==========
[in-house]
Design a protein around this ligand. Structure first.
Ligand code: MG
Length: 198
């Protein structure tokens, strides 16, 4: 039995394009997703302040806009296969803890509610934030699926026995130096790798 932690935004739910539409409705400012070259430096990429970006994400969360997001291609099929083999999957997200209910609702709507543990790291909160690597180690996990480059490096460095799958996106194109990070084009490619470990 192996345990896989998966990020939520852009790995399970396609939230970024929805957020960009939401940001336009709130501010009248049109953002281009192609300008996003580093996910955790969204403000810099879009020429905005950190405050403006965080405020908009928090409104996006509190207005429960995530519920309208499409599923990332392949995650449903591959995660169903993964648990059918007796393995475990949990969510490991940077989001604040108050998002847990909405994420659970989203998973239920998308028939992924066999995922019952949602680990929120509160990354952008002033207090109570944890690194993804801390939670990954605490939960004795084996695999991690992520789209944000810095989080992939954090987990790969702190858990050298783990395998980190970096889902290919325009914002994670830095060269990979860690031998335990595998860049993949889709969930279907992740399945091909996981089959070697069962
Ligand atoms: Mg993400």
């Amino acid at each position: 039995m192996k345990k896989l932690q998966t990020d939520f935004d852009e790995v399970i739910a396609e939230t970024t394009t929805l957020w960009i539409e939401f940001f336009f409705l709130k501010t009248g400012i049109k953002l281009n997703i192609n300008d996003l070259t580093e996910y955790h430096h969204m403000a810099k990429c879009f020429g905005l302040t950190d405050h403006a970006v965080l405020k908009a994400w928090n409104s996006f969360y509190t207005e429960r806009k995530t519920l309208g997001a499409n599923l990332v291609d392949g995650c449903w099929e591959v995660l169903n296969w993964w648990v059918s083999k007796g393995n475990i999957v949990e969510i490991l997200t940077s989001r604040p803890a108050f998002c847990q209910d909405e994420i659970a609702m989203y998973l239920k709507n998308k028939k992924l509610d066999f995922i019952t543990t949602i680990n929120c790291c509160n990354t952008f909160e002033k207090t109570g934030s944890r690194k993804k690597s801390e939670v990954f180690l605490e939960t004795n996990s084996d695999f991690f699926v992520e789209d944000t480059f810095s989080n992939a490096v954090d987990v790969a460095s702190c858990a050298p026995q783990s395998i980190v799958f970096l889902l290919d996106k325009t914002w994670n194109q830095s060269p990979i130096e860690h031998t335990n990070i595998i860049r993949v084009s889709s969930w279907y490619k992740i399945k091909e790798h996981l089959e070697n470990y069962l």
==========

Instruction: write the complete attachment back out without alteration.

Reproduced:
[in-house]
Design a protein around this ligand. Structure first.
Ligand code: MG
Length: 198
């Protein structure tokens, strides 16, 4: 039995394009997703302040806009296969803890509610934030699926026995130096790798 932690935004739910539409409705400012070259430096990429970006994400969360997001291609099929083999999957997200209910609702709507543990790291909160690597180690996990480059490096460095799958996106194109990070084009490619470990 192996345990896989998966990020939520852009790995399970396609939230970024929805957020960009939401940001336009709130501010009248049109953002281009192609300008996003580093996910955790969204403000810099879009020429905005950190405050403006965080405020908009928090409104996006509190207005429960995530519920309208499409599923990332392949995650449903591959995660169903993964648990059918007796393995475990949990969510490991940077989001604040108050998002847990909405994420659970989203998973239920998308028939992924066999995922019952949602680990929120509160990354952008002033207090109570944890690194993804801390939670990954605490939960004795084996695999991690992520789209944000810095989080992939954090987990790969702190858990050298783990395998980190970096889902290919325009914002994670830095060269990979860690031998335990595998860049993949889709969930279907992740399945091909996981089959070697069962
Ligand atoms: Mg993400």
């Amino acid at each position: 039995m192996k345990k896989l932690q998966t990020d939520f935004d852009e790995v399970i739910a396609e939230t970024t394009t929805l957020w960009i539409e939401f940001f336009f409705l709130k501010t009248g400012i049109k953002l281009n997703i192609n300008d996003l070259t580093e996910y955790h430096h969204m403000a810099k990429c879009f020429g905005l302040t950190d405050h403006a970006v965080l405020k908009a994400w928090n409104s996006f969360y509190t207005e429960r806009k995530t519920l309208g997001a499409n599923l990332v291609d392949g995650c449903w099929e591959v995660l169903n296969w993964w648990v059918s083999k007796g393995n475990i999957v949990e969510i490991l997200t940077s989001r604040p803890a108050f998002c847990q209910d909405e994420i659970a609702m989203y998973l239920k709507n998308k028939k992924l509610d066999f995922i019952t543990t949602i680990n929120c790291c509160n990354t952008f909160e002033k207090t109570g934030s944890r690194k993804k690597s801390e939670v990954f180690l605490e939960t004795n996990s084996d695999f991690f699926v992520e789209d944000t480059f810095s989080n992939a490096v954090d987990v790969a460095s702190c858990a050298p026995q783990s395998i980190v799958f970096l889902l290919d996106k325009t914002w994670n194109q830095s060269p990979i130096e860690h031998t335990n990070i595998i860049r993949v084009s889709s969930w279907y490619k992740i399945k091909e790798h996981l089959e070697n470990y069962l």